using-aedCPR can be a life saver but…not all by itself. There’s a reason the victim’s heart stopped in the first place and you can’t stay on your knees doing compressions forever. Typically there is some form of short circuit in the vital electrical activity of the heart that governs a normal heart beat. In a normal, healthy, jazzercizing heart an electrical signal forming at the top of the heart (at the SA node) contracts the upper atrial chambers, forcing the blood into the lower ventricles (bottom chambers). When that signal makes its way down the heart to the AV node, the ventricles contract, releasing blood into both the body and the lungs. An AED is used to jump-start the heart’s electrical system in an effort to stimulate the nerve impulses of the SA and AV nodes once more. Unless you’re a Jedi knight you just can’t do that with your bare hands.

Despite what you see in the movies, any victim who receives CPR is not just going to snap out of it and take the rest of the day off. They will 100% of the time need medical attention. In fact, while you’re preparing to do CPR someone should be calling 911.

Hopefully you guys will never have to use it. Let’s be honest, the thought of having to do perform CPR on a real person scares the Hell out of me. Stay curious, stay classy, and never stop learning my friends 🙂



The Curious Case of Dr. Eijkman

bored-chicken-finalBefore we get started there is something you need to accept about he human body…that it is and always will be an elegant and extraordinary mystery. Whether you’re a sleek and sexy, Ashram Yoga instructor, a chiseled cross-fit enthusiast with triceps like boulders, or a 300 lb chain smoker with a mild cinnamon bun addiction your body is truly amazing. I say that with confidence because with all of the things that could go wrong with our bodies, for many of us it is “not normal” to be sick. Your body simply does it’s job and we can only grasp what a remarkable job it does when something goes wrong.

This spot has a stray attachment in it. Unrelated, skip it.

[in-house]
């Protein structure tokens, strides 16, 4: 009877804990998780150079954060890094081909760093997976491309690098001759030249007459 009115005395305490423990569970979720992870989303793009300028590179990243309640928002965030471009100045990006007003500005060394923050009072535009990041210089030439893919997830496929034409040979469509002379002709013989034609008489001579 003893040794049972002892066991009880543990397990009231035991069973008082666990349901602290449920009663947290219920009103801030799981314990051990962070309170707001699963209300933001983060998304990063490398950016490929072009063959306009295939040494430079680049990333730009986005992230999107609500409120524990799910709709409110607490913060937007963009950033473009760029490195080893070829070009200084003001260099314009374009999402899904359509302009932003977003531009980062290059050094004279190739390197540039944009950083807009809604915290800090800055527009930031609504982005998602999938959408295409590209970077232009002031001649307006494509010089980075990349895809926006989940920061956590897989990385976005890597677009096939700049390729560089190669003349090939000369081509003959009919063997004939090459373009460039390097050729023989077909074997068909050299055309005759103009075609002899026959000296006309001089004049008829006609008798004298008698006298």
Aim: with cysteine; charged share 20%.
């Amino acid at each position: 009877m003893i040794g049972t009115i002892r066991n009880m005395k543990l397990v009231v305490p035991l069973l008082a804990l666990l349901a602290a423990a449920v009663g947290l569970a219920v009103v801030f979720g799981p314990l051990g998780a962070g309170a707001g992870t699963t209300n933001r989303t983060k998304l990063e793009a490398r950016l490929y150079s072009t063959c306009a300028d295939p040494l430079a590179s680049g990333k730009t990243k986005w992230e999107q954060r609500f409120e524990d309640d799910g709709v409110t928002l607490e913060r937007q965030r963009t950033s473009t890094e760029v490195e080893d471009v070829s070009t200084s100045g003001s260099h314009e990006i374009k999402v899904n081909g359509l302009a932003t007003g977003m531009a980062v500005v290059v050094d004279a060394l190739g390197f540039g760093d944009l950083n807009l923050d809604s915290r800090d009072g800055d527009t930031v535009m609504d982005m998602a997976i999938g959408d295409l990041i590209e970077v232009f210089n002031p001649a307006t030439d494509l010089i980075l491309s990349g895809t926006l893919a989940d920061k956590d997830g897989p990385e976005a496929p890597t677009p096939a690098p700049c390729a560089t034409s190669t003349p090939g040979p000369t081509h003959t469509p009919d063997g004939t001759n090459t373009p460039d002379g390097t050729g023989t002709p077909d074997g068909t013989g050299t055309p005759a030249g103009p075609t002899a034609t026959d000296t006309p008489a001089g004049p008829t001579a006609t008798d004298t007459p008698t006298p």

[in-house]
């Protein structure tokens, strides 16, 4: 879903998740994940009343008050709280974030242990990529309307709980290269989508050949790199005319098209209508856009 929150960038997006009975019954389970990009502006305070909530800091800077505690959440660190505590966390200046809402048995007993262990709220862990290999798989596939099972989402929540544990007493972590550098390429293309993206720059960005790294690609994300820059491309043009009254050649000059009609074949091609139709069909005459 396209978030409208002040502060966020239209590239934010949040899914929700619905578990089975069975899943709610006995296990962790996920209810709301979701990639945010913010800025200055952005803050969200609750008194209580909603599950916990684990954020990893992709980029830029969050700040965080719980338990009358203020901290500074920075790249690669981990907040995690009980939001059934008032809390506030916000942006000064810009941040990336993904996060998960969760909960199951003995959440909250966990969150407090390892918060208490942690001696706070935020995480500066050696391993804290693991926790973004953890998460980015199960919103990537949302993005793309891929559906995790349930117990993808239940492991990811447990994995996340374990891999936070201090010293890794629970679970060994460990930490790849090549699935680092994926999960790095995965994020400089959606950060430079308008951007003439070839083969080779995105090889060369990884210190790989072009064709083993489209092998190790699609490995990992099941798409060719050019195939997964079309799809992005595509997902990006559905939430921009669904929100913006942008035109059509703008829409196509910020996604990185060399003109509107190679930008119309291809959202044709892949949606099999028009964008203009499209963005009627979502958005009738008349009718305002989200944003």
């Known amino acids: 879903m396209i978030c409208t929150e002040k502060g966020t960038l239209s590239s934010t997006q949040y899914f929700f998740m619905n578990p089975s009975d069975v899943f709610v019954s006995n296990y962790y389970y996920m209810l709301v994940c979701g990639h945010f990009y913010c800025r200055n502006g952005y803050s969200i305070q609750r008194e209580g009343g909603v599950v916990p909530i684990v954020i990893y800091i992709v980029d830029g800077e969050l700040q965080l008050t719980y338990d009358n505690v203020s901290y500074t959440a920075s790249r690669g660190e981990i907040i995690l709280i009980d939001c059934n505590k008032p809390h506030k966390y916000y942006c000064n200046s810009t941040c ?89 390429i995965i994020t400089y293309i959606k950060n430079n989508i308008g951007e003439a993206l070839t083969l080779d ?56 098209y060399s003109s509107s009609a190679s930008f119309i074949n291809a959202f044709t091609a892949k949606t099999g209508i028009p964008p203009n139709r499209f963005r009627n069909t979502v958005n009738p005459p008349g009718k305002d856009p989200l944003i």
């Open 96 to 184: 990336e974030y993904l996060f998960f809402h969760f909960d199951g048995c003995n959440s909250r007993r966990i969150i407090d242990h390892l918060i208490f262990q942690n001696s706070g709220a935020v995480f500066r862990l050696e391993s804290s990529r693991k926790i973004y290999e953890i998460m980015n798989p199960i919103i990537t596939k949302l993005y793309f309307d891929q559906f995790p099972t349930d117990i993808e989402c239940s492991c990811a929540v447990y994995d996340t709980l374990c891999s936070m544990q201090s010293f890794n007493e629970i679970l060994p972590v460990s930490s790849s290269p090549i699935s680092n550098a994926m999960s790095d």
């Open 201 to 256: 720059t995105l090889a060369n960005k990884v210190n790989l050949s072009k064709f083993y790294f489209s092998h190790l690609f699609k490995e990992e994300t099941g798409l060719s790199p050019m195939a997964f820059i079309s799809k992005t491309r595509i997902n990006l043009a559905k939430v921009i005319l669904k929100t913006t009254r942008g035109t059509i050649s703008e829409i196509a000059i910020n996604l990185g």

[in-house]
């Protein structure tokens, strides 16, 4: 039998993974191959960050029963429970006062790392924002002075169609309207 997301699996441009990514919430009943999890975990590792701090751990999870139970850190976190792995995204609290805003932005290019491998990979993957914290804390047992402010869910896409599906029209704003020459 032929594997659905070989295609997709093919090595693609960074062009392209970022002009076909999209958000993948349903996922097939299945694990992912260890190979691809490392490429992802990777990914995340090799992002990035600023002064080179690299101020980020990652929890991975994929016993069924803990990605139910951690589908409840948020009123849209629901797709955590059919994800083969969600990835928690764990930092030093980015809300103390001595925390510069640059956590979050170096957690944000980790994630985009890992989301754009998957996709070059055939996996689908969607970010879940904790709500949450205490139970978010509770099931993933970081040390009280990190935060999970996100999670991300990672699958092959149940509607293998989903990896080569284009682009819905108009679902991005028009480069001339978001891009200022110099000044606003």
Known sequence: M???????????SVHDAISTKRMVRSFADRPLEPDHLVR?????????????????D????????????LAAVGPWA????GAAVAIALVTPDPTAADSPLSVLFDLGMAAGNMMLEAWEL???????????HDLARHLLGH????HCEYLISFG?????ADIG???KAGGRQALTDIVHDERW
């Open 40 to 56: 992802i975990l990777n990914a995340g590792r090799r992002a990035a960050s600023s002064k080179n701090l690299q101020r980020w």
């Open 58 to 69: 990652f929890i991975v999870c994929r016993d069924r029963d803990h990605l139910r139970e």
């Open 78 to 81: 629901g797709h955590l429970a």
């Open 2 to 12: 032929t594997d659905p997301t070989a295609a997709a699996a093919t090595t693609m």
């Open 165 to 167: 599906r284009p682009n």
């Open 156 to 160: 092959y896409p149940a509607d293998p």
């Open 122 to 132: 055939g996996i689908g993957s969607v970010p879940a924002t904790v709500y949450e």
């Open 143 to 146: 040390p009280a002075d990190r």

So what can go wrong?

Let’s say you robbed a vengeful fortune teller of $2,000 dollars at a poker game in Atlantic City. The next day you woke up to find that a deadly curse had been placed on you. In a matter of weeks you will begin to lose weight. You will suffer from swelling, weakness, and pain in your limbs. Depression eventually takes hold of you and you lose the capacity for empathy. Tragically, lesions begin to form in your brain resulting in epileptic attacks. Eventually your suffering ends in madness and heart failure. YOU ARE DOOMED…unless you find the anecdote. The only thing that can stop the curse before it starts, brown rice. Wait…WHAT?!  Let me explain..

You see, in Southeast Asia millions of people truly did suffer from a curse. It’s name was Beriberi, and it refers to a collage of symptoms affecting neurological and cardiac functions in many of the notoriously destructive ways I’ve already described. Then along came a crafty, Dutch physician named Christiaan Eijkman who sailed the ocean blue to Indonesia in search of answers. One day that answer came in the form of a question; “why aren’t the chickens sick?”

Beriberi was everywhere. It affected the soldiers, the villagers, and even their farm chickens. In fact Eijkman had a few chickens loitering about his clinic with similar symptoms. Well eventually he started noticing that a few of the chickens seemed to be recovering. So what changed for the chickens? Their diet changed.

The camp where Eijkman was staying had a new cook who decided that rather than waste the good rice on the chickens he would just feed them the regular ole brown rice.

The Dutch had taken over Indonesia at the time (as in the Dutch-East India Company) and they ate polished white rice (rice with its golden, outer husk removed) along with the locals. White rice has a longer storage life and when you live in a hot and humid climate in a time before water-proof, plastic containers or refrigeration, the storage life of your food is everything.